Preserve CUs’ Ability to Serve, WOCCU Tells G8 Meeting

December 05, 2007

Bundesministerium der Finanzen boardroom
The official boardroom of the Bundesministerum der Finanzen (German Ministry of Finance) hosted the G8 participants for a two-day meeting focused on increasing global remittance flows.
MADISON, Wis.—Better access to payment and settlement systems, appropriate levels of regulation and continued tax-exempt status are critical to helping credit unions worldwide effectively serve their members. Those were the recommendations the World Council of Credit Unions (WOCCU) made to ministers of finance for the G8 nations at last week’s outreach meeting on remittances in Berlin. WOCCU’s experience also shows that increasing remittances among countries has become a critical factor in global economic development, said Dave Grace, WOCCU vice president of Association Services, to an assembled audience of 80 attendees.

As a participant in “Reaching Out to the Unbanked,” a panel discussion featuring representatives of international microfinance organizations, Grace shared ways to broaden access to financial services, including improved access to remittances as one strategy to reach populations with limited or no financial resources. Physical, financial and environmental barriers still block some of the world’s population from financial services access. Surmounting those barriers may involve policy and procedure strengthening or changes at national and even local levels, he said.

“Credit unions require direct access to national payment/settlement systems, card networks and deposit insurance programs in all markets in order to serve members,” Grace said. “Prudential and proportional regulatory supervision of credit unions is also critical to assuring a safe and sound operational environment. We encourage retention of tax-exempt status for financial co-ops to ensure that they can continue to serve the poor and reach unbanked populations.”

Dave Grace
WOCCU’s Dave Grace, Vice President of Association Services, addresses the G8 ministries of finance in Berlin, Germany.

The meeting included delegations from the G8 nations of Canada, France, Germany, Italy, Japan, Russia, United Kingdom and United States. Representatives from the European Commission, as well as other countries, international organizations, the private sector, civil society, and academia also participated.

During the two-day meeting, representatives from the World Bank, International Monetary Fund, Western Union, Citibank and others, led six panel discussions on topics including the recent trends and development impact of remittances.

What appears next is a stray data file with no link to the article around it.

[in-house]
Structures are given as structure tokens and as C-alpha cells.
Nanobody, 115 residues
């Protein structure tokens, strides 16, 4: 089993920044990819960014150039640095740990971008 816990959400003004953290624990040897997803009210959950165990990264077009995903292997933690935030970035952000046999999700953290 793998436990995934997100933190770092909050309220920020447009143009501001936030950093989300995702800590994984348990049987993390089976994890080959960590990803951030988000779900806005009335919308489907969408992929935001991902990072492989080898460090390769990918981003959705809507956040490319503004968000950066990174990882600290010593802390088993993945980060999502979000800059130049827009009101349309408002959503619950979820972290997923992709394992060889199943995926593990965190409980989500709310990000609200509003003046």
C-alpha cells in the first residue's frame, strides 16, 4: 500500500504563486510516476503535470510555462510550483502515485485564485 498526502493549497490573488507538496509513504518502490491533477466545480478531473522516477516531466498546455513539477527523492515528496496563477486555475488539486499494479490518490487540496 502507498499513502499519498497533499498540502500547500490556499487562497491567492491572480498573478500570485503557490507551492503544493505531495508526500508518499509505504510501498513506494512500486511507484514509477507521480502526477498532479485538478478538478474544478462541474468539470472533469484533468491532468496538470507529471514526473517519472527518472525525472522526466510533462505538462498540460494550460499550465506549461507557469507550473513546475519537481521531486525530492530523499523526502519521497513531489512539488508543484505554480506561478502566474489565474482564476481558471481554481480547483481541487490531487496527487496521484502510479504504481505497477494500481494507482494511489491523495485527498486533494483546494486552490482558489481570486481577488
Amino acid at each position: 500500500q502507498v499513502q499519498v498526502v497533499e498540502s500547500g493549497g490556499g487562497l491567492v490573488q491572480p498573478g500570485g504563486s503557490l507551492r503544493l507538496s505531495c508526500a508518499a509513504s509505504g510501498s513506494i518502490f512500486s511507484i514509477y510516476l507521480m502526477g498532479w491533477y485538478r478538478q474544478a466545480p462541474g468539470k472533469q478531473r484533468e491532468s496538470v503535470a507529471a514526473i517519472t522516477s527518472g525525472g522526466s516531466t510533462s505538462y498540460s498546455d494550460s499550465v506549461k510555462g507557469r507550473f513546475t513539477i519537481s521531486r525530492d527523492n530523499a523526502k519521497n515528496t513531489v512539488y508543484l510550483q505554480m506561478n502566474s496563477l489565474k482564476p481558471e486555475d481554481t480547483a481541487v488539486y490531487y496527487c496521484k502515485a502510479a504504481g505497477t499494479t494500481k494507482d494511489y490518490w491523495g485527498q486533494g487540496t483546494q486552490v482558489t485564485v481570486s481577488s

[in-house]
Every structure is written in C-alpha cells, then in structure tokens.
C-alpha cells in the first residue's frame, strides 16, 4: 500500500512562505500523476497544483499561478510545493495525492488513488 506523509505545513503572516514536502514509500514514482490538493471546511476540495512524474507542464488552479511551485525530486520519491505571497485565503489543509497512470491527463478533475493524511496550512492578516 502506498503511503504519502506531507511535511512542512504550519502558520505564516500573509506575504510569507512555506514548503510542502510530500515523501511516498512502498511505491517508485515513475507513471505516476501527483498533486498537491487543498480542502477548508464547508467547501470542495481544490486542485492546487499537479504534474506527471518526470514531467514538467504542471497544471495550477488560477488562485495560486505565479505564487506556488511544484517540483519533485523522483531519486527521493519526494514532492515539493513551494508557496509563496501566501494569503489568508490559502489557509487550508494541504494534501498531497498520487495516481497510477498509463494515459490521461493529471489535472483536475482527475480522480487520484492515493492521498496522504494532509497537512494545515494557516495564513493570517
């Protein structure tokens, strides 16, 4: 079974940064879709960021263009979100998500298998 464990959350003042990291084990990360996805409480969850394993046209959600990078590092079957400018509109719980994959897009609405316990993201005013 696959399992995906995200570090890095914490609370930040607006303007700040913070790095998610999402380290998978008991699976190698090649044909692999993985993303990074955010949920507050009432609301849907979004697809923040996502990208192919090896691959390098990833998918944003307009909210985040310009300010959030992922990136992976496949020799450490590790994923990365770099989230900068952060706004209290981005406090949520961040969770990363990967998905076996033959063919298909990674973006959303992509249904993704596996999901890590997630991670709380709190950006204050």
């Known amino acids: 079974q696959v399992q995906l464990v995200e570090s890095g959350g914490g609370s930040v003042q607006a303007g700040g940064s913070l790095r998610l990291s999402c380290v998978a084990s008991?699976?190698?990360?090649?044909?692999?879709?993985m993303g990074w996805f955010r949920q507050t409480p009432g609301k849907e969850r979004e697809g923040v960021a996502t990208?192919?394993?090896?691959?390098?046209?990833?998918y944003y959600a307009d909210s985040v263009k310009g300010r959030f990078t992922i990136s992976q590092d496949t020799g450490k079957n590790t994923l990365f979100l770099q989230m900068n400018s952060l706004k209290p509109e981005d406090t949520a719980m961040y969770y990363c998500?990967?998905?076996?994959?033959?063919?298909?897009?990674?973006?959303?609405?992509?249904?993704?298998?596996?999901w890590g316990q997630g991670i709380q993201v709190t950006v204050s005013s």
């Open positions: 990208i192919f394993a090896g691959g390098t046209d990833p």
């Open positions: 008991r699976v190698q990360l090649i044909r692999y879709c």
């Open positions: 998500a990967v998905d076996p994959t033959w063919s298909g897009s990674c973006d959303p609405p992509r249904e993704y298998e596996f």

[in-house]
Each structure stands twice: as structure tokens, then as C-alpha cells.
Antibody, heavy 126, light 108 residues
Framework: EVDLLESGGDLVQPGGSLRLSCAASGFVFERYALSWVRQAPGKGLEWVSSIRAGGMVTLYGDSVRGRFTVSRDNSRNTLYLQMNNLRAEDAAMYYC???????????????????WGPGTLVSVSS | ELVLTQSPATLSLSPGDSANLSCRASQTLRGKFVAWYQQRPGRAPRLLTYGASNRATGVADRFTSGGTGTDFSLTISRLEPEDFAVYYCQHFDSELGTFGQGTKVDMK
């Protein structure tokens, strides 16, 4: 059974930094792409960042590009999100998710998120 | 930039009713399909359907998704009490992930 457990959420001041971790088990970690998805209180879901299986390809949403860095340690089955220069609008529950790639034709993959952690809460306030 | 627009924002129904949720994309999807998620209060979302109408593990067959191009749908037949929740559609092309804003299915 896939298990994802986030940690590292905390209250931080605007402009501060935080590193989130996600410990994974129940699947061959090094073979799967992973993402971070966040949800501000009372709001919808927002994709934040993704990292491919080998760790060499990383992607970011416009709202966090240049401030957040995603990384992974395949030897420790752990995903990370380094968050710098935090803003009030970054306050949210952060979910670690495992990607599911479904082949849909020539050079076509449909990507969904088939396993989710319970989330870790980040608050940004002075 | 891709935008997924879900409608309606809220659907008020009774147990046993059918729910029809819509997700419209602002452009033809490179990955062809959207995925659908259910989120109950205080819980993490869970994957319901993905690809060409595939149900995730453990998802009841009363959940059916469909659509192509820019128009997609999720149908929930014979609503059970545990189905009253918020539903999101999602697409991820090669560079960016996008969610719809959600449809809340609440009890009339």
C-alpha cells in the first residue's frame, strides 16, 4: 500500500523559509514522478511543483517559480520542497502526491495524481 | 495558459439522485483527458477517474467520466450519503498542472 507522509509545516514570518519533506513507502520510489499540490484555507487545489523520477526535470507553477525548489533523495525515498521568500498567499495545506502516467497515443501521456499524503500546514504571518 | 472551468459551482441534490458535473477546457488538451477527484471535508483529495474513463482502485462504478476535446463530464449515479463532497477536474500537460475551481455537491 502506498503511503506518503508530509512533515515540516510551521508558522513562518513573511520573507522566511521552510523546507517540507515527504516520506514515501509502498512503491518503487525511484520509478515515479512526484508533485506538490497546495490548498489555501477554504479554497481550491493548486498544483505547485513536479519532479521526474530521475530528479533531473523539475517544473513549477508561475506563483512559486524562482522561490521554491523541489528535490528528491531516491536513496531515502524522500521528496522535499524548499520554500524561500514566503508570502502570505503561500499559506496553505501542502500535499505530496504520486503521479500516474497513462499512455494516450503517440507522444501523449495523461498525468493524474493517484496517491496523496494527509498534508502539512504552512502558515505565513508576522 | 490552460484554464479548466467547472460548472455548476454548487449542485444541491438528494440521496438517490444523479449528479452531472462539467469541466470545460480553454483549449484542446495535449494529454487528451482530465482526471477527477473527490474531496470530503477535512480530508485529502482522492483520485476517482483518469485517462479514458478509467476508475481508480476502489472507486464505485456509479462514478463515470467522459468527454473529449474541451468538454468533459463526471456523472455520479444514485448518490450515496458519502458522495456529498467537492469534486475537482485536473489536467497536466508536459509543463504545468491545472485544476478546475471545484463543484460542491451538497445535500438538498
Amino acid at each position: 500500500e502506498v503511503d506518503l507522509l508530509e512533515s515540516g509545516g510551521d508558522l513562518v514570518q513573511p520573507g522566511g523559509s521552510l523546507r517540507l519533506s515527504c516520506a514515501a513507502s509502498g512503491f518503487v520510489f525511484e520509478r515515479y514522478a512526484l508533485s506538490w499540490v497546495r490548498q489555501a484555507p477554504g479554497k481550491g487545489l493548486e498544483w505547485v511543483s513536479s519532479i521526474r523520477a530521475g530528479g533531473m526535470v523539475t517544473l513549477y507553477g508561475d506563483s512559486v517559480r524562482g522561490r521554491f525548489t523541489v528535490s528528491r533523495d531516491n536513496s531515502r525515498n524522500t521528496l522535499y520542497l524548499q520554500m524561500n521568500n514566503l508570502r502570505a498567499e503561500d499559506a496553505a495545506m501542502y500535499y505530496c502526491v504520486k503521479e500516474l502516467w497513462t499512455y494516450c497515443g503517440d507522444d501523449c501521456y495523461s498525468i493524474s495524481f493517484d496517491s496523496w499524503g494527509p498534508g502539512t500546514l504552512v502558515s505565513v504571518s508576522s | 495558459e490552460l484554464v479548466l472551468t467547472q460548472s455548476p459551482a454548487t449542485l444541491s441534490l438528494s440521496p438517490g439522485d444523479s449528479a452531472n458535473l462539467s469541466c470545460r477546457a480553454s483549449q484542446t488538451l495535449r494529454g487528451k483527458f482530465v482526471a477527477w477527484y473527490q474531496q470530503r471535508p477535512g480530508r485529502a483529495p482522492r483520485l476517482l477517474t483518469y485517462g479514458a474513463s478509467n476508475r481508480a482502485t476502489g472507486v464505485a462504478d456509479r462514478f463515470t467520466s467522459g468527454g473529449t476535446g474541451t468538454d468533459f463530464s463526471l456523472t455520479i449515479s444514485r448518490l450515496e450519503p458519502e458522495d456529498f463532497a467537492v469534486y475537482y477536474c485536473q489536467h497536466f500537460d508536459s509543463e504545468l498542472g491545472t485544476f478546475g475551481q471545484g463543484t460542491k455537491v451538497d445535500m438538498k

The meeting accomplished two main objectives, Grace said. Participants sought to revisit and assess the progress of measures to facilitate remittance flows agreed upon at the Sea Island (Georgia) Summit hosted by President Bush in 2004. During this meeting, the G8 launched its Global Remittance Initiative as part of the larger Global Poverty Action Plan. The Berlin meeting also served as a forum to initiate new dialog and to promote other potential measures for facilitating remittance flows. As a result of the meeting, participants developed seven recommendations for the G8 countries which addressed challenges, policy and regulation issues of further improving global remittances flows.

The flow of remittances has grown to more than US$240 billion a year in 2006—two and half times more than the total annual aid paid from developed to developing countries and two-thirds the amount of global foreign direct investment. In addition to this latest meeting with the G8, WOCCU has also testified before the U.S. Congress and was quoted in the London Financial Times on remittances in August 2007.

World Council of Credit Unions is the global trade association and development agency for credit unions. World Council promotes the sustainable development of credit unions and other financial cooperatives around the world to empower people through access to high quality and affordable financial services. World Council advocates on behalf of the global credit union system before international organizations and works with national governments to improve legislation and regulation. Its technical assistance programs introduce new tools and technologies to strengthen credit unions' financial performance and increase their outreach.

World Council has implemented 300+ technical assistance programs in 89 countries. Worldwide, 68,882 credit unions in 109 countries serve 235 million people. Learn more about World Council's impact around the world at

Organization: World Council of Credit Unions
Phone: (608) 395-2000